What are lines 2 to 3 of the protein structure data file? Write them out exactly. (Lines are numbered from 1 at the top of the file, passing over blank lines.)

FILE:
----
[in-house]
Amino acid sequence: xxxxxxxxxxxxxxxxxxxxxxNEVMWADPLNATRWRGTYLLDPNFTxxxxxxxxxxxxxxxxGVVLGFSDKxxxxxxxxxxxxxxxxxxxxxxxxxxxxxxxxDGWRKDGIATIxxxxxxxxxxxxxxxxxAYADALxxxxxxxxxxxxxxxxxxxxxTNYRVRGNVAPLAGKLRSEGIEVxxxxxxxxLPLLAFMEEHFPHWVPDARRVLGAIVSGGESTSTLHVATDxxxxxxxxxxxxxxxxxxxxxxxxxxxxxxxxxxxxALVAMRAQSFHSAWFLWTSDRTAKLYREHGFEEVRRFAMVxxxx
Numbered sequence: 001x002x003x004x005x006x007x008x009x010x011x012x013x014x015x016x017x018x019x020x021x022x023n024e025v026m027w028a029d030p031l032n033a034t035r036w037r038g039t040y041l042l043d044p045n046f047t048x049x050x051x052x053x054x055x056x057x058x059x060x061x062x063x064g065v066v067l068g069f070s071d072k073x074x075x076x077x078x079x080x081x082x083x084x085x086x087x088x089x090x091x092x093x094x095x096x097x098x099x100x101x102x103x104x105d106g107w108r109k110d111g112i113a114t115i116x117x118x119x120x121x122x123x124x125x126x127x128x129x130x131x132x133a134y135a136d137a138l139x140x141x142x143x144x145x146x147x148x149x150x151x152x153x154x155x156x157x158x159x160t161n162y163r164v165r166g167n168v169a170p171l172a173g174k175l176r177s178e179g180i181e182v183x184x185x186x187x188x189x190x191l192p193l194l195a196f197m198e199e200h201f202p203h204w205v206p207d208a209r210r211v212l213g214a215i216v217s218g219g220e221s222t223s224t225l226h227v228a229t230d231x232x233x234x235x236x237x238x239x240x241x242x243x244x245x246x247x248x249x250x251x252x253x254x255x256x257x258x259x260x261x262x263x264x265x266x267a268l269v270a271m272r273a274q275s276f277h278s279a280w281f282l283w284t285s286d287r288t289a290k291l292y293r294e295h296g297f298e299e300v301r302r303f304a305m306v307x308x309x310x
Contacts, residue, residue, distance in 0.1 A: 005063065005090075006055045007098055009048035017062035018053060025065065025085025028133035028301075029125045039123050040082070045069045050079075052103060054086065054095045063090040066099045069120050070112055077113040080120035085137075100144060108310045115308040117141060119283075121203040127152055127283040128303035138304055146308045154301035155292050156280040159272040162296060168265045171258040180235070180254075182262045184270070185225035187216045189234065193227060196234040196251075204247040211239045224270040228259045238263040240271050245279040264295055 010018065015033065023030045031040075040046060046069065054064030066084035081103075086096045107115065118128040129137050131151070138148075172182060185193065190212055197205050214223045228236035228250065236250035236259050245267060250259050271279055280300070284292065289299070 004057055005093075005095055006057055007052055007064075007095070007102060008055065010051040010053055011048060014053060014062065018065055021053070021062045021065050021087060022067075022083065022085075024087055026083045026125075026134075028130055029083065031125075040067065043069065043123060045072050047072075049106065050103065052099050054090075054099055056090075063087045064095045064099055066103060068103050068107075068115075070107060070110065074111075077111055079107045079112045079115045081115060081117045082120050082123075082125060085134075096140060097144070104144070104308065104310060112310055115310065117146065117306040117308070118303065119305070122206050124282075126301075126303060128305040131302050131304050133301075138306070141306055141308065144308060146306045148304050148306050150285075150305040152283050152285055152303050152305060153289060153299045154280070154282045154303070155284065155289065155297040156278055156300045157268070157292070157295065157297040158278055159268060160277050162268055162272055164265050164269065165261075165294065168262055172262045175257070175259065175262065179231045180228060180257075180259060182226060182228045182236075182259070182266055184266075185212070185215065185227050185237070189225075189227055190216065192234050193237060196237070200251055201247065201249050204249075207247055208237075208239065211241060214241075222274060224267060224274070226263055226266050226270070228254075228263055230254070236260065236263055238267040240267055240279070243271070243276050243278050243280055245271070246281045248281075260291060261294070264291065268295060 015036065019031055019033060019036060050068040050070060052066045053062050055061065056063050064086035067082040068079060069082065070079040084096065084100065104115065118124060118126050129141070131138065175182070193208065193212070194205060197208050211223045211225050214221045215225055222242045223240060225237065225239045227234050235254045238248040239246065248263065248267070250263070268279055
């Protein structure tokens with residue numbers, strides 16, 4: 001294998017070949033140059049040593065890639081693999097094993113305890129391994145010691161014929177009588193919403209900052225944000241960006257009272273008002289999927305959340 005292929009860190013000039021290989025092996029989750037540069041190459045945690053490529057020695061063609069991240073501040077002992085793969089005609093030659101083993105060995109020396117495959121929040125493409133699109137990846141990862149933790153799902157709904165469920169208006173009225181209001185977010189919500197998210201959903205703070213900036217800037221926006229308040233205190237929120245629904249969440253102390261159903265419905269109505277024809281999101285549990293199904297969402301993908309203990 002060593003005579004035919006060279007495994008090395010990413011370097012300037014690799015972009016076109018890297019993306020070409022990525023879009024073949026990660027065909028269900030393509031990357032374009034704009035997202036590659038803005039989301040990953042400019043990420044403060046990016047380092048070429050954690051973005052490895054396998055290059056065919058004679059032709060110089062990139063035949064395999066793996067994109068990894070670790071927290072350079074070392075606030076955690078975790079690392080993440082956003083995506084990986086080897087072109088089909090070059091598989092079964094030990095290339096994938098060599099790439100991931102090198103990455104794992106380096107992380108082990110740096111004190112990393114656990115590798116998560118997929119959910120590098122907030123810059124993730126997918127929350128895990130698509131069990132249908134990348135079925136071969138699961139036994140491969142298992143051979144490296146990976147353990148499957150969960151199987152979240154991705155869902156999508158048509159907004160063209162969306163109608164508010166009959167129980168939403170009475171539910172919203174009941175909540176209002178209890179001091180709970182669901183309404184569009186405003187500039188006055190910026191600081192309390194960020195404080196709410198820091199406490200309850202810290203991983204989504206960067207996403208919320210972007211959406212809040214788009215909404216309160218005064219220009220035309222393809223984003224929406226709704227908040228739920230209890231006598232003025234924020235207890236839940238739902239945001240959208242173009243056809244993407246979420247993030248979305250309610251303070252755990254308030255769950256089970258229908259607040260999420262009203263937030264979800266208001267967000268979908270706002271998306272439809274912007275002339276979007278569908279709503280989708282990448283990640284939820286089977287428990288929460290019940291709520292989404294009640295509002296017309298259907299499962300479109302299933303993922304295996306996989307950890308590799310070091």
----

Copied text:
Amino acid sequence: xxxxxxxxxxxxxxxxxxxxxxNEVMWADPLNATRWRGTYLLDPNFTxxxxxxxxxxxxxxxxGVVLGFSDKxxxxxxxxxxxxxxxxxxxxxxxxxxxxxxxxDGWRKDGIATIxxxxxxxxxxxxxxxxxAYADALxxxxxxxxxxxxxxxxxxxxxTNYRVRGNVAPLAGKLRSEGIEVxxxxxxxxLPLLAFMEEHFPHWVPDARRVLGAIVSGGESTSTLHVATDxxxxxxxxxxxxxxxxxxxxxxxxxxxxxxxxxxxxALVAMRAQSFHSAWFLWTSDRTAKLYREHGFEEVRRFAMVxxxx
Numbered sequence: 001x002x003x004x005x006x007x008x009x010x011x012x013x014x015x016x017x018x019x020x021x022x023n024e025v026m027w028a029d030p031l032n033a034t035r036w037r038g039t040y041l042l043d044p045n046f047t048x049x050x051x052x053x054x055x056x057x058x059x060x061x062x063x064g065v066v067l068g069f070s071d072k073x074x075x076x077x078x079x080x081x082x083x084x085x086x087x088x089x090x091x092x093x094x095x096x097x098x099x100x101x102x103x104x105d106g107w108r109k110d111g112i113a114t115i116x117x118x119x120x121x122x123x124x125x126x127x128x129x130x131x132x133a134y135a136d137a138l139x140x141x142x143x144x145x146x147x148x149x150x151x152x153x154x155x156x157x158x159x160t161n162y163r164v165r166g167n168v169a170p171l172a173g174k175l176r177s178e179g180i181e182v183x184x185x186x187x188x189x190x191l192p193l194l195a196f197m198e199e200h201f202p203h204w205v206p207d208a209r210r211v212l213g214a215i216v217s218g219g220e221s222t223s224t225l226h227v228a229t230d231x232x233x234x235x236x237x238x239x240x241x242x243x244x245x246x247x248x249x250x251x252x253x254x255x256x257x258x259x260x261x262x263x264x265x266x267a268l269v270a271m272r273a274q275s276f277h278s279a280w281f282l283w284t285s286d287r288t289a290k291l292y293r294e295h296g297f298e299e300v301r302r303f304a305m306v307x308x309x310x